Section 50 PRA is another Human Rights Infringement

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The police have been infringing on our Human Rights for years. Most notably section 44 of the terrorism act 2000 which was used as a blanket for the police to stop and search anyone they liked even without suspicion of an offence.

In 2002 a new act came into use called the Police Reform Act and section 50 of this very act gives the police another blanket to be used to infringe on our human rights to privacy.

I am fighting a personal cause against the misuse of this power and the human rights violation it offers.

We, as members of the public should be able to go about our daily lives unimpeded and should only be made to give up our privacy if a crime has been committed. 

UNDER SECTION 44 OF THE TERRORISM ACT 2000, ANY POLICE OFFICER COULD STOP AND SEARCH ANYONE OR ANY VEHICLE WITHIN A SPECIFIC AREA.

The powers under section 44 were so broadly drawn that authorisations allowing for stop and search were made on a rolling basis from their introduction in 2001. For example, for almost 10 years all of Greater London was designated as an area in which anyone could be stopped and searched without suspicion.

In early 2010 Liberty Human Rights Group won a landmark legal case before the European Court of Human Rights, which ruled that section 44 was unlawful. In Gillan and Quinton v UK, the Court ruled that section 44 violates the right to respect for private life because the power is so broad it fails to provide safeguards against abuse.

This Act saw many people abused under that power, detained unlawfully, threatened, assaulted and even arrested simply because they were in the wrong place or the police didn't like the look of them.

Unfortunately Section 50 Police Reform Act is now being abused in the same manner and is infringing on our human rights.

Section 50 Police Reform Act 2002 is an Anti Social Behaviour power. If you are
reasonably believed to be committing anti-social behaviour you can be required to
give your name and address to an officer in uniform.

Anti social behaviour is defined as behaviour likely to cause Harassment Alarm or
Distress, which is the same as the offence under s5 Public Order Act 1986. Given that, any prosecution should be tied to a s5 (or more serious) offence. A stand alone case seems to invalidate the “reasonable belief” as if the constable had reasonable belief (a higher standard than the reasonable suspicion he would require to arrest for s5) why wasn’t an arrest for breach of s5 made.

The thing to note about Section 50 of the Police Reform Act 2002, is that the Police need only believe that you are acting in a manner likely to cause Harassment Alarm or Distress and as such needs no evidence other than their belief.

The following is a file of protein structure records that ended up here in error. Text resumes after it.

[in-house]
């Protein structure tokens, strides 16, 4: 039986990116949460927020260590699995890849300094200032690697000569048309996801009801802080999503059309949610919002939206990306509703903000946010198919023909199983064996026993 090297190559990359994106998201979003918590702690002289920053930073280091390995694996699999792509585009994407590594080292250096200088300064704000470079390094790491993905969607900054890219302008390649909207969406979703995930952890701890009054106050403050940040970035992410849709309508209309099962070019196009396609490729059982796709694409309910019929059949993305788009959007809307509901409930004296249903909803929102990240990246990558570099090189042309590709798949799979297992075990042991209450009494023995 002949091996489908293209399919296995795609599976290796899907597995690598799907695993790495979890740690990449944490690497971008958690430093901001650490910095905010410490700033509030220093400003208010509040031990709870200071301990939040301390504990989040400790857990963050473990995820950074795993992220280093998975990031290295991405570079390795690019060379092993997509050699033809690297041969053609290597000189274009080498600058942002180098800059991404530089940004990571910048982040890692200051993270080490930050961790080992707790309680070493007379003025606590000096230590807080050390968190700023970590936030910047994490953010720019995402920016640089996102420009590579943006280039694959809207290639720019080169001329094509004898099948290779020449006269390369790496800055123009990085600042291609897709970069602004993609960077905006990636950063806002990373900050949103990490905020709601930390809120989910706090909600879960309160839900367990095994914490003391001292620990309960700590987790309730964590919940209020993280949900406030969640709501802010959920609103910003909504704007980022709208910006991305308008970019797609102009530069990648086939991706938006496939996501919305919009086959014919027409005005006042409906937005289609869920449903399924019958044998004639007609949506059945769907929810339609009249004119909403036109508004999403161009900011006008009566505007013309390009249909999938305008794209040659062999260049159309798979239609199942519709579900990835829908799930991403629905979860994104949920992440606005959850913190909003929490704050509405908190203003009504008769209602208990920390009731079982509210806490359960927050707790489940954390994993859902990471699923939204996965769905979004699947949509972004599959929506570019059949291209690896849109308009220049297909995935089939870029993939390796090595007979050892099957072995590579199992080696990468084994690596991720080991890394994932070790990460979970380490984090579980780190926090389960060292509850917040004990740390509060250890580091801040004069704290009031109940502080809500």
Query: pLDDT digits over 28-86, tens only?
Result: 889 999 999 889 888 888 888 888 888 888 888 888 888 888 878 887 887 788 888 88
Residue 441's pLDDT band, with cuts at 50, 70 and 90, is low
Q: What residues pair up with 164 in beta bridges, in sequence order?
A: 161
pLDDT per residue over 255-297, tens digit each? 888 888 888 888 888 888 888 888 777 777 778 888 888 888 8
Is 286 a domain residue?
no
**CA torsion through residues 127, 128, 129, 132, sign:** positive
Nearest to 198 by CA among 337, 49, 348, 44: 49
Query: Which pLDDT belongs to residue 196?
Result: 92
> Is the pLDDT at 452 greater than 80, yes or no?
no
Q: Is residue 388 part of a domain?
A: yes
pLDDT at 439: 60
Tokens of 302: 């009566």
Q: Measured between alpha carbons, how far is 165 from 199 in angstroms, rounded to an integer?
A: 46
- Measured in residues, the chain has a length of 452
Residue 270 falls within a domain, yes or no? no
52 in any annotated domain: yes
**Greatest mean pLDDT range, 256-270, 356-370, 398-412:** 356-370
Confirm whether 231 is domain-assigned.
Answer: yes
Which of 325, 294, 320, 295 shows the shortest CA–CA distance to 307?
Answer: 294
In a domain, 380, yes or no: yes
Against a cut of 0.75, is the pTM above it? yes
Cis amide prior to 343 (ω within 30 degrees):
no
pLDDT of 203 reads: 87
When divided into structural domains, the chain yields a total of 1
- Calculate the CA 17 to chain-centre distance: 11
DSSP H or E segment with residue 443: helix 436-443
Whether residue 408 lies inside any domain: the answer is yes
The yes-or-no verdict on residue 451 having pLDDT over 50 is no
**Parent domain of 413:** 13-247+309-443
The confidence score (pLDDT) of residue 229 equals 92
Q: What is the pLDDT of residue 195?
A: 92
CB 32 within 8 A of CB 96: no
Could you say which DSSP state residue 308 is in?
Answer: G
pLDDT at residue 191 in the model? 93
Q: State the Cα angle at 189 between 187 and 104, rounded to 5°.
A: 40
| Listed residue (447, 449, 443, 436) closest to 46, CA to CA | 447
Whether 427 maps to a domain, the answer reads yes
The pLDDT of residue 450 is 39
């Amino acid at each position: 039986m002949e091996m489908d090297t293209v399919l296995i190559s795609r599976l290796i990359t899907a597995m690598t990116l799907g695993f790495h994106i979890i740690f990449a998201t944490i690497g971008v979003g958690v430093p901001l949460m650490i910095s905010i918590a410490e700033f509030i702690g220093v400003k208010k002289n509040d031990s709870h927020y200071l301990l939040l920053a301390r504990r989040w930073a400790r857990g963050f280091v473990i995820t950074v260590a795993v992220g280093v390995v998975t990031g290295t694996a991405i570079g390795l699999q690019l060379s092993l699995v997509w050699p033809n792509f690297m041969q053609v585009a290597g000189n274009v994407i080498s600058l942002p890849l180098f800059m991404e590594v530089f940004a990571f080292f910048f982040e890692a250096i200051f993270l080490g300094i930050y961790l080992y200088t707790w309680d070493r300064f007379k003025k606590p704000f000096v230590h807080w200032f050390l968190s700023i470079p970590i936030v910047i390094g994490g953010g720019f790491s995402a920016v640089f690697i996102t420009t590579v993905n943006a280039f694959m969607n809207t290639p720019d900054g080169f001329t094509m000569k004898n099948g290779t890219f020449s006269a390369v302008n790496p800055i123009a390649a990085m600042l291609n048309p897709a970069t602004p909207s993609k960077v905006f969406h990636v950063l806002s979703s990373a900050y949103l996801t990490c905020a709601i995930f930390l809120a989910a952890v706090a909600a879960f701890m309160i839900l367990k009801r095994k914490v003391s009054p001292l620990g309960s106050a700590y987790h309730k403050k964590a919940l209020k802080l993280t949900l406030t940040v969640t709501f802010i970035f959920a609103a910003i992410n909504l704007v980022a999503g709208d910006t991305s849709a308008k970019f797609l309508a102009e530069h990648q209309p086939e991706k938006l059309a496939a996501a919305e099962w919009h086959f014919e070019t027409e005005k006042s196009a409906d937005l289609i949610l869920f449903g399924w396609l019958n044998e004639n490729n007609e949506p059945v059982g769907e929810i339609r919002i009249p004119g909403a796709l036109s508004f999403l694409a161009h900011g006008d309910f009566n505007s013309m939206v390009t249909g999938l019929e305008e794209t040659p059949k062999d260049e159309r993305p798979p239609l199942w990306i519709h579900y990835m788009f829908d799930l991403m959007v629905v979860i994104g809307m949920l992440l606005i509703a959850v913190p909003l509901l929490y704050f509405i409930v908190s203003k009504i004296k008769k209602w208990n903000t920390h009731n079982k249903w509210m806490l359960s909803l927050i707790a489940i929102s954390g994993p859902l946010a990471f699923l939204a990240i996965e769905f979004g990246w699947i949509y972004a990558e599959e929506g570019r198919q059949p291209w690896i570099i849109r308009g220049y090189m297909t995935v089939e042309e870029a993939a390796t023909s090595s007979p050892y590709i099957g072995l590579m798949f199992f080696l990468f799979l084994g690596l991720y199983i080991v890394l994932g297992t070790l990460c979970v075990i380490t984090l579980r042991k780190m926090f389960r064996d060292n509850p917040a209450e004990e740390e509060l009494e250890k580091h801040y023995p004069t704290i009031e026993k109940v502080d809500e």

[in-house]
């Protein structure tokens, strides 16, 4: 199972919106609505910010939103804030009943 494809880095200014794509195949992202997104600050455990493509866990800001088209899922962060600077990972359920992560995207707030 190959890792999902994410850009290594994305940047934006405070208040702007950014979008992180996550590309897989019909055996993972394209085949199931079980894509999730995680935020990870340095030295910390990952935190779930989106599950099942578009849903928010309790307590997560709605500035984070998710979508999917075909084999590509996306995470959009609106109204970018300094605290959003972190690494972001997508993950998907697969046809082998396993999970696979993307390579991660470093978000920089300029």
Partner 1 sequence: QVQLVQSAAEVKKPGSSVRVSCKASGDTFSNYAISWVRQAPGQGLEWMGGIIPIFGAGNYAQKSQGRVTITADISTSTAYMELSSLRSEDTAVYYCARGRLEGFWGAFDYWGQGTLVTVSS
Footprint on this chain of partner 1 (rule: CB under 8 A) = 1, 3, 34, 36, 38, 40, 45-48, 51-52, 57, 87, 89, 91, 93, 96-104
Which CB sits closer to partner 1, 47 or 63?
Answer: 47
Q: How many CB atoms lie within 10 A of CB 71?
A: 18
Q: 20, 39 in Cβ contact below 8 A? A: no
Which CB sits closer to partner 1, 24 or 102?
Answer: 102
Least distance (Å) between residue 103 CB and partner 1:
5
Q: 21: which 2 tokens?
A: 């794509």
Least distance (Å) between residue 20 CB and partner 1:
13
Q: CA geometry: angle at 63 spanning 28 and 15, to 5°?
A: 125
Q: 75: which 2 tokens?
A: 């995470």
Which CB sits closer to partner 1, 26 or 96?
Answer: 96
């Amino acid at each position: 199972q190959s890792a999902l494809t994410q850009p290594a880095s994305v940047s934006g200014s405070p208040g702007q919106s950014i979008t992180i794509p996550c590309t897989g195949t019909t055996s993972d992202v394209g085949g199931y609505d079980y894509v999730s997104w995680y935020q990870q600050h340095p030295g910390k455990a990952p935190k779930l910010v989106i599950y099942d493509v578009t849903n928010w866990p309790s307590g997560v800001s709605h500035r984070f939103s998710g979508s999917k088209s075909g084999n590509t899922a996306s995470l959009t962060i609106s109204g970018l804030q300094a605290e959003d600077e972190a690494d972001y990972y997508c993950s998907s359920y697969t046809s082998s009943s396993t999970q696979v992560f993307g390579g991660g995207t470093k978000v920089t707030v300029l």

Any person who—

(a)fails to give his name and address when required to do so under subsection (1), or

(b)gives a false or inaccurate name or address in response to a requirement under that subsection,

is guilty of an offence and shall be liable, on summary conviction, to a fine not exceeding level 3 on the standard scale.

So, by conviction only of the Police officers belief, you are ordered and forced under threat of violence and a criminal record to give up your privacy. And by not wanting to be placed on a police computer system for lack of breaking any law, you will subsequently be assaulted and arrested.

This section 50 of the Police Reform Act 2002 is now the Police's 'go to' offence in place of section 44 of the terrorism act 2000.

Now, I agree that under certain circumstances the police need to identify a suspect or someone who has broken the law. But forcing innocent people to give up their right to privacy for fear of assault and arrest is completely wrong.

If the 'belief' element was removed then they would have to act solely on those who HAVE committed the offence and that offence can be substantiated with witnesses who are NOT other police officers. This then makes the request lawful as they are then dealing with an offence and NOT a 'belief' that an offence will take place.

It's like saying "I believe that you might steal a car" simply because you have a set of keys in your pocket.

Many people are being affected by Section 50 and many had been affected by section 44 of the terrorist act before it was repealed and if we do not stand up for our rights then more and more of them will be eroded.